A major £52m roadworks scheme to better connect the north of Liverpool to the city centre has entered a new phase.
Contractors for Liverpool City Council have now completed works widening a major junction between Leeds Street and Great Howard Street (A565) and have moved on to begin a radical overhaul of the city’s historic Regent Road (also known as the Dock Road) to be more pedestrian and cycle friendly.
The first element of the Regent Road project involves the laying of new pavements and road resurfacing with the creation of new footpaths to begin in February, followed by a purpose built cycle lane which will open up a new 13 mile riverside route from Formby in Sefton to the city centre for the first time.
A seven mile southern cycle lane will then connect to Otterspool when the proposed upgrade to The Strand is completed.
Preliminary groundworks have begun to address culverts and drainage with the first phase, starting at the city centre heading north to the Grade II listed Bascule Bridge at Stanley Dock in the city’s World Heritage Site, expected to be completed in Summer 2018. The second phase which goes north of the 86-year-old bridge is scheduled to complete the following summer.
The scheme will be complemented by the creation of a further two new waterfront link roads, at the cost of £20m, at the city centre end of the A565, which are being built to support a proposed new £50m cruise passenger facility and new £30m Isle Of Man Cruise terminal.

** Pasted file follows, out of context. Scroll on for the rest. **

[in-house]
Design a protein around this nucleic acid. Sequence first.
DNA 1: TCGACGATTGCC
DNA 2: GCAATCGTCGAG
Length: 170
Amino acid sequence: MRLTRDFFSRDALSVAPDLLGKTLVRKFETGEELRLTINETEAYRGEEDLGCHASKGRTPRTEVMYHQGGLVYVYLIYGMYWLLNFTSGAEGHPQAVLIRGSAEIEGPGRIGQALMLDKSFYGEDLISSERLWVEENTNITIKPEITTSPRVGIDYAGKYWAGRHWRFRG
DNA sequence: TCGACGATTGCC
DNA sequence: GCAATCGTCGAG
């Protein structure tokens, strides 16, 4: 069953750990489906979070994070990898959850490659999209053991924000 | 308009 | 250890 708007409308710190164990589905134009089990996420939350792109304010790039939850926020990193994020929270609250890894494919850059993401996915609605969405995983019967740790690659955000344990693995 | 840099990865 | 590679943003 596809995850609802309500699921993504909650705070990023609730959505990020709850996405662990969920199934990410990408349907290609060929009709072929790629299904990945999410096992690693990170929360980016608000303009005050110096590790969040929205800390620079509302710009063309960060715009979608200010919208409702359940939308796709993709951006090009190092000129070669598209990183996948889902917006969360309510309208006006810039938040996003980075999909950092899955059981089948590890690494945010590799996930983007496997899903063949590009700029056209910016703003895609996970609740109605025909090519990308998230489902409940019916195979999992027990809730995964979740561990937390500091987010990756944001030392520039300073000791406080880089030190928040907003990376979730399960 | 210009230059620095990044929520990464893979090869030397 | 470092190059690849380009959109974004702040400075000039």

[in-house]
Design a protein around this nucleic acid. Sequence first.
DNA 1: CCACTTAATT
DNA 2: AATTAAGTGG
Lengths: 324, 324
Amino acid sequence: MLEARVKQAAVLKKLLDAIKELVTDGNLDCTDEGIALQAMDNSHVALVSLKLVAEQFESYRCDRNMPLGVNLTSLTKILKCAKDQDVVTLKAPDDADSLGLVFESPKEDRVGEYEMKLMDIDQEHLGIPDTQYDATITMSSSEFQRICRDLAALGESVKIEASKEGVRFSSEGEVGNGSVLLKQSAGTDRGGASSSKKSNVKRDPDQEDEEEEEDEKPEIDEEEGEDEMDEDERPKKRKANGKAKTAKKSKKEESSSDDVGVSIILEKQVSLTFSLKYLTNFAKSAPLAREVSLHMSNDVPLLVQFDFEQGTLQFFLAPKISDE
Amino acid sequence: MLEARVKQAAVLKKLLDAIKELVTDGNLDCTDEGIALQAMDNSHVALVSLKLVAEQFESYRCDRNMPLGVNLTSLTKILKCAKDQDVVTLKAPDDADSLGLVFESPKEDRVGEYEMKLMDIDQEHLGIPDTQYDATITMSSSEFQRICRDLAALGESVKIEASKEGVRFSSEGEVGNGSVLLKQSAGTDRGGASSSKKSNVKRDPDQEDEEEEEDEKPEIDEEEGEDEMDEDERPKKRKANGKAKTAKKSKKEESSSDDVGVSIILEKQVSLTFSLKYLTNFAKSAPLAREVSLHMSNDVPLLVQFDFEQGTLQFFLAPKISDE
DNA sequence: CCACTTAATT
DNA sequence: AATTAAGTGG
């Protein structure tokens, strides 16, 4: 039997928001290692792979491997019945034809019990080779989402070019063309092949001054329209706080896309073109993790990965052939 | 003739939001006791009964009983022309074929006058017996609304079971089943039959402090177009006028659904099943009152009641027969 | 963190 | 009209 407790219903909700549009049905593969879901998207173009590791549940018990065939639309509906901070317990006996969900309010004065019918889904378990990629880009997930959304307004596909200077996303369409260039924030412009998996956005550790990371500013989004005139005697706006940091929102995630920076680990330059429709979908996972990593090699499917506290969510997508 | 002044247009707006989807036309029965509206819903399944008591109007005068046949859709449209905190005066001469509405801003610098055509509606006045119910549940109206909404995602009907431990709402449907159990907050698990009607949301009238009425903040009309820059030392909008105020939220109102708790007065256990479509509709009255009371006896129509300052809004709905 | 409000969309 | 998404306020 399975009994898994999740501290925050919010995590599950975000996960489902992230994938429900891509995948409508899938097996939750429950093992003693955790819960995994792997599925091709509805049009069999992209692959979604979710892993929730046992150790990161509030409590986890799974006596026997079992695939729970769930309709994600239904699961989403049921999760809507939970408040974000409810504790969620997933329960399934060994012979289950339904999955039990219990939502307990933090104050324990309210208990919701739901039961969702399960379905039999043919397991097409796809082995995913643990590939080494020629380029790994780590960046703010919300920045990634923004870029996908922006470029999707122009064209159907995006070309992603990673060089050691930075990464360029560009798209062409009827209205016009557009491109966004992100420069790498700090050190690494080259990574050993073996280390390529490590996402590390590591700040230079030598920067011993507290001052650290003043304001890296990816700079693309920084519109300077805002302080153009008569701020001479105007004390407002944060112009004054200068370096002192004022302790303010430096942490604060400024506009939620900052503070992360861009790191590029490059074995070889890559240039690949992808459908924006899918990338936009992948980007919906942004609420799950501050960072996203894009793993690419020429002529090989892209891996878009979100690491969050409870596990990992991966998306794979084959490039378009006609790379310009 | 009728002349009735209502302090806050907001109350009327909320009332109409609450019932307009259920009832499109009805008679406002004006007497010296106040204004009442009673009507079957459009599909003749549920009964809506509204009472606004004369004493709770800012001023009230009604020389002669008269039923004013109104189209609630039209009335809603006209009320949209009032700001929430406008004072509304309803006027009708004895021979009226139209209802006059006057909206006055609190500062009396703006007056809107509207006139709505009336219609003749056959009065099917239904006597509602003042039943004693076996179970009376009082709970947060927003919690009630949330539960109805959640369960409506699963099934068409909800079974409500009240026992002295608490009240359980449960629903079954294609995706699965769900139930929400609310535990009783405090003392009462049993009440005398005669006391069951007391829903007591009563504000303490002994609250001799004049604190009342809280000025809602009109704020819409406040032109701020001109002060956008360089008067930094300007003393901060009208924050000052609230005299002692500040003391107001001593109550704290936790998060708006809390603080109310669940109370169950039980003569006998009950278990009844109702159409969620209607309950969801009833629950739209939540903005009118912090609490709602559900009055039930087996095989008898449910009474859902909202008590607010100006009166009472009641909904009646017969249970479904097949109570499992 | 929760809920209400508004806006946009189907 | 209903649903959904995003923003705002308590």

The first phase of the A565 upgrade was completed by Graham Construction in September 2017 after a year-long road closure enabled the £10m replacement of the Great Howard Street bridge, so it could handle more freight tonnage for the Liverpool2 deep water container terminal.
Councillor Ann O’Byrne, Deputy Mayor of Liverpool, said: “Upgrading our highways infrastructure is fundamental to building a better Liverpool – one that is match fit for the 21st century.
“This scheme is about future proofing the city’s growth in North Liverpool and is the golden thread to underpinning the success of major regeneration projects such as Liverpool Waters, the new Cruise Terminals, the Ten Streets District and the potential new home for Everton Football Club which will all help redefine our economy over the coming decades.
“Despite government cuts the city council has never been more committed to growing our economy and these highways schemes are another example of how Liverpool’s potential is being unlocked – with an unprecedented £14bn of investment either on site or in the pipeline.
“Of course for commuters highways works means temporary disruption, but by investing £52m in these schemes – with a further £130m of works to begin across the city this year – we will provide long term benefits for motorists, cyclists and pedestrians – which will help the city attract andaccommodate new businesses, more tourists and create new jobs.
“Quite simply, better roads means a better city to live, work, visit and play in.”